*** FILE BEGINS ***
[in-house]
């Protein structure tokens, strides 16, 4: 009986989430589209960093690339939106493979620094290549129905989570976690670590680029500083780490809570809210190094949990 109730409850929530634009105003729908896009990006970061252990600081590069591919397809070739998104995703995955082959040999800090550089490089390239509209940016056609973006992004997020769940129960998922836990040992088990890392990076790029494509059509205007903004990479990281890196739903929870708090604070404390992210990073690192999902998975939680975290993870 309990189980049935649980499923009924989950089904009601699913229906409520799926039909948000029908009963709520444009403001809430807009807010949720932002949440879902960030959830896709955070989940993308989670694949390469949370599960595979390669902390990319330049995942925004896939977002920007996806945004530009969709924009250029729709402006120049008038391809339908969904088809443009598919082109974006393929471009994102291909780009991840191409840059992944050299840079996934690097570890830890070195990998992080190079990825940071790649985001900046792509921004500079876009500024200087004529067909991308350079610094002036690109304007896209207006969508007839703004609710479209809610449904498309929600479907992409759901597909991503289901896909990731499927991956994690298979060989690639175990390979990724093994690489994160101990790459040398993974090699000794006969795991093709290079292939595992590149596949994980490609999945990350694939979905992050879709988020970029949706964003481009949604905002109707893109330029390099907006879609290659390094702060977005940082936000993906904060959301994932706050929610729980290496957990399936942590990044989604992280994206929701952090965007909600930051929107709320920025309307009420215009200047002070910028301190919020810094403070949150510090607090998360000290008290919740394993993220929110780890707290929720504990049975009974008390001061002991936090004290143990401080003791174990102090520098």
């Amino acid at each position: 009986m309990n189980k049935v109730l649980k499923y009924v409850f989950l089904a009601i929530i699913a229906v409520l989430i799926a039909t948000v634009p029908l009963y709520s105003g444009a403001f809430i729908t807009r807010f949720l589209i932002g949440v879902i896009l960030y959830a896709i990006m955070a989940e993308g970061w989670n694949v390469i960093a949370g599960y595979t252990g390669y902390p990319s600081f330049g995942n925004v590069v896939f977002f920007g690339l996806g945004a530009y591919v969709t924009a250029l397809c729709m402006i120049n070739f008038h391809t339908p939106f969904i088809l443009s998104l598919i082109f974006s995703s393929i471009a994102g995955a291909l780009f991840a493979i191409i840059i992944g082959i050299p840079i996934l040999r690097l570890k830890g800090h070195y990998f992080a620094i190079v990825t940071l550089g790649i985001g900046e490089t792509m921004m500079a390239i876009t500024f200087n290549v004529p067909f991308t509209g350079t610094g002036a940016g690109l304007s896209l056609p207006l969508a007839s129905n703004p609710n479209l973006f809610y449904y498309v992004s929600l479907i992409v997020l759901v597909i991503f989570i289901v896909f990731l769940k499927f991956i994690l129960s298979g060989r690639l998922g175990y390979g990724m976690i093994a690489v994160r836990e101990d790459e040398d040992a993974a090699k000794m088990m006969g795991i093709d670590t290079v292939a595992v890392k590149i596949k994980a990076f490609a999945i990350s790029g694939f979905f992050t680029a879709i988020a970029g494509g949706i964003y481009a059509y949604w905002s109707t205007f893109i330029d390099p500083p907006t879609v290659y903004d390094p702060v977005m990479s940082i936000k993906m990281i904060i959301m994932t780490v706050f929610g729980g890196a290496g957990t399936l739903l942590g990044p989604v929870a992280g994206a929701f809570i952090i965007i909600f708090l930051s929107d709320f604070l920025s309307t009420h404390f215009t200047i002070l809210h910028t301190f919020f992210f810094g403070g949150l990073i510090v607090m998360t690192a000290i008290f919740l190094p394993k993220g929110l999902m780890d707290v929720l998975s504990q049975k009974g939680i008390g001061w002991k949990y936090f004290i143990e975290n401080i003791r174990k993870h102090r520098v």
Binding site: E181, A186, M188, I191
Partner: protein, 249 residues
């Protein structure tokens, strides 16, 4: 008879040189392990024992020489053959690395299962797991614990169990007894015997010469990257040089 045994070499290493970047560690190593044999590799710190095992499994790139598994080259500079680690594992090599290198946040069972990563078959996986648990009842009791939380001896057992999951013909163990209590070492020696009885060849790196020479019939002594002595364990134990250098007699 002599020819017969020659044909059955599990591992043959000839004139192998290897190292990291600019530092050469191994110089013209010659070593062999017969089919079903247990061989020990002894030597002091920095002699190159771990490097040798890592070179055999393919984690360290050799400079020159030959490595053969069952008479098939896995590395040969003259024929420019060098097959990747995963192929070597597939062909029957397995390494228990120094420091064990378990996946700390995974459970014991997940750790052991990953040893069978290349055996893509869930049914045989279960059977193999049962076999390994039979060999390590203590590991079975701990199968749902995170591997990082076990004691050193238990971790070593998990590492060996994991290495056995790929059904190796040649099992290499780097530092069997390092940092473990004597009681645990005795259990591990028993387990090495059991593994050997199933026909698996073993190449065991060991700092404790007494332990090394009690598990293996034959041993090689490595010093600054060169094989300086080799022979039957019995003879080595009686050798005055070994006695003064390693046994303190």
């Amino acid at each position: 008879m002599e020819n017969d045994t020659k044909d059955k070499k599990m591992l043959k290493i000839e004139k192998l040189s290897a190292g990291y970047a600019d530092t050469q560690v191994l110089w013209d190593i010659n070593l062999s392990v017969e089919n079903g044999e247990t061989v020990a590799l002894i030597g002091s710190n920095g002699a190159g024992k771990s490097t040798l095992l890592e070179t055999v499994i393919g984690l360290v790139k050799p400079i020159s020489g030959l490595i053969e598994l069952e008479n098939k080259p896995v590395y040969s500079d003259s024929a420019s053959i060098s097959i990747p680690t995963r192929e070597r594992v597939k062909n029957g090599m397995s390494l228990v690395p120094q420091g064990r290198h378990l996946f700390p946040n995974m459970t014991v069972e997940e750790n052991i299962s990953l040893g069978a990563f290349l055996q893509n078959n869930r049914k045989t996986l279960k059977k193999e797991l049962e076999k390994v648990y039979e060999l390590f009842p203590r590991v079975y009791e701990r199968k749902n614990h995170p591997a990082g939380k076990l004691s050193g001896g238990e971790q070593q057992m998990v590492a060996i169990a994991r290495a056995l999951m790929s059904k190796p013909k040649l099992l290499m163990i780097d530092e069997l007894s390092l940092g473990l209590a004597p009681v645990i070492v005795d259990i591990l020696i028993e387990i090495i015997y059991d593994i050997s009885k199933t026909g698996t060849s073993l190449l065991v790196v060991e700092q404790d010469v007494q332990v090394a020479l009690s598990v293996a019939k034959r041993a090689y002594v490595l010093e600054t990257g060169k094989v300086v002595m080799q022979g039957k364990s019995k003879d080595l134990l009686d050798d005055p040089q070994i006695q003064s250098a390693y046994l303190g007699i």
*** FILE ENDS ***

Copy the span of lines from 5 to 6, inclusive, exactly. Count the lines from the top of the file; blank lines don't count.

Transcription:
Partner: protein, 249 residues
């Protein structure tokens, strides 16, 4: 008879040189392990024992020489053959690395299962797991614990169990007894015997010469990257040089 045994070499290493970047560690190593044999590799710190095992499994790139598994080259500079680690594992090599290198946040069972990563078959996986648990009842009791939380001896057992999951013909163990209590070492020696009885060849790196020479019939002594002595364990134990250098007699 002599020819017969020659044909059955599990591992043959000839004139192998290897190292990291600019530092050469191994110089013209010659070593062999017969089919079903247990061989020990002894030597002091920095002699190159771990490097040798890592070179055999393919984690360290050799400079020159030959490595053969069952008479098939896995590395040969003259024929420019060098097959990747995963192929070597597939062909029957397995390494228990120094420091064990378990996946700390995974459970014991997940750790052991990953040893069978290349055996893509869930049914045989279960059977193999049962076999390994039979060999390590203590590991079975701990199968749902995170591997990082076990004691050193238990971790070593998990590492060996994991290495056995790929059904190796040649099992290499780097530092069997390092940092473990004597009681645990005795259990591990028993387990090495059991593994050997199933026909698996073993190449065991060991700092404790007494332990090394009690598990293996034959041993090689490595010093600054060169094989300086080799022979039957019995003879080595009686050798005055070994006695003064390693046994303190």